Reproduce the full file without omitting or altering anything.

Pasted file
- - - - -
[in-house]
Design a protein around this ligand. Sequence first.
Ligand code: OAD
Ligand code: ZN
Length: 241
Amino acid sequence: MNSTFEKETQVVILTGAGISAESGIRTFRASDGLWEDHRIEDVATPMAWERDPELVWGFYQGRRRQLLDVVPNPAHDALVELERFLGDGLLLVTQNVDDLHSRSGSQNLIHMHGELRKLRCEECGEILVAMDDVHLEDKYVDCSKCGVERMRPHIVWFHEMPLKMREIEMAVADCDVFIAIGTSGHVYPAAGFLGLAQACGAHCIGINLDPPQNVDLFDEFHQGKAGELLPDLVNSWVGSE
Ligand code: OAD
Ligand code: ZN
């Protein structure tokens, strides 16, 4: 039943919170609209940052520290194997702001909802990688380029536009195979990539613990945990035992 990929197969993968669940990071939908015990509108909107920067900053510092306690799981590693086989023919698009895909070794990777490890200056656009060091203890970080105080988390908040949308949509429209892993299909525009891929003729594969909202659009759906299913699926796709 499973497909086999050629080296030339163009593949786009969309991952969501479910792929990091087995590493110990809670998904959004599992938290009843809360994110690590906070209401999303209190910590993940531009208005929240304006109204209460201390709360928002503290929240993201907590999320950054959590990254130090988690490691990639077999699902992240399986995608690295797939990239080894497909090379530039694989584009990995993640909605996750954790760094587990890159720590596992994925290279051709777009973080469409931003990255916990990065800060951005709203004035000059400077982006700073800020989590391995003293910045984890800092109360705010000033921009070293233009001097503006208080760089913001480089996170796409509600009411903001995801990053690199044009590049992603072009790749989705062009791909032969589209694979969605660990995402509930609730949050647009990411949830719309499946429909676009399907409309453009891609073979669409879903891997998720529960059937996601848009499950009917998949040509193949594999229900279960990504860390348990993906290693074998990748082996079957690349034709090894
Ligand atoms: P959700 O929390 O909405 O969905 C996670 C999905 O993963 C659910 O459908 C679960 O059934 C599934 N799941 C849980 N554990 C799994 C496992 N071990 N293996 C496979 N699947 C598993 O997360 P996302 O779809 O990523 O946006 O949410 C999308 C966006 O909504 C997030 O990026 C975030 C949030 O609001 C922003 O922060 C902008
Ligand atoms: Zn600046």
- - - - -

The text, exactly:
[in-house]
Design a protein around this ligand. Sequence first.
Ligand code: OAD
Ligand code: ZN
Length: 241
Amino acid sequence: MNSTFEKETQVVILTGAGISAESGIRTFRASDGLWEDHRIEDVATPMAWERDPELVWGFYQGRRRQLLDVVPNPAHDALVELERFLGDGLLLVTQNVDDLHSRSGSQNLIHMHGELRKLRCEECGEILVAMDDVHLEDKYVDCSKCGVERMRPHIVWFHEMPLKMREIEMAVADCDVFIAIGTSGHVYPAAGFLGLAQACGAHCIGINLDPPQNVDLFDEFHQGKAGELLPDLVNSWVGSE
Ligand code: OAD
Ligand code: ZN
């Protein structure tokens, strides 16, 4: 039943919170609209940052520290194997702001909802990688380029536009195979990539613990945990035992 990929197969993968669940990071939908015990509108909107920067900053510092306690799981590693086989023919698009895909070794990777490890200056656009060091203890970080105080988390908040949308949509429209892993299909525009891929003729594969909202659009759906299913699926796709 499973497909086999050629080296030339163009593949786009969309991952969501479910792929990091087995590493110990809670998904959004599992938290009843809360994110690590906070209401999303209190910590993940531009208005929240304006109204209460201390709360928002503290929240993201907590999320950054959590990254130090988690490691990639077999699902992240399986995608690295797939990239080894497909090379530039694989584009990995993640909605996750954790760094587990890159720590596992994925290279051709777009973080469409931003990255916990990065800060951005709203004035000059400077982006700073800020989590391995003293910045984890800092109360705010000033921009070293233009001097503006208080760089913001480089996170796409509600009411903001995801990053690199044009590049992603072009790749989705062009791909032969589209694979969605660990995402509930609730949050647009990411949830719309499946429909676009399907409309453009891609073979669409879903891997998720529960059937996601848009499950009917998949040509193949594999229900279960990504860390348990993906290693074998990748082996079957690349034709090894
Ligand atoms: P959700 O929390 O909405 O969905 C996670 C999905 O993963 C659910 O459908 C679960 O059934 C599934 N799941 C849980 N554990 C799994 C496992 N071990 N293996 C496979 N699947 C598993 O997360 P996302 O779809 O990523 O946006 O949410 C999308 C966006 O909504 C997030 O990026 C975030 C949030 O609001 C922003 O922060 C902008
Ligand atoms: Zn600046």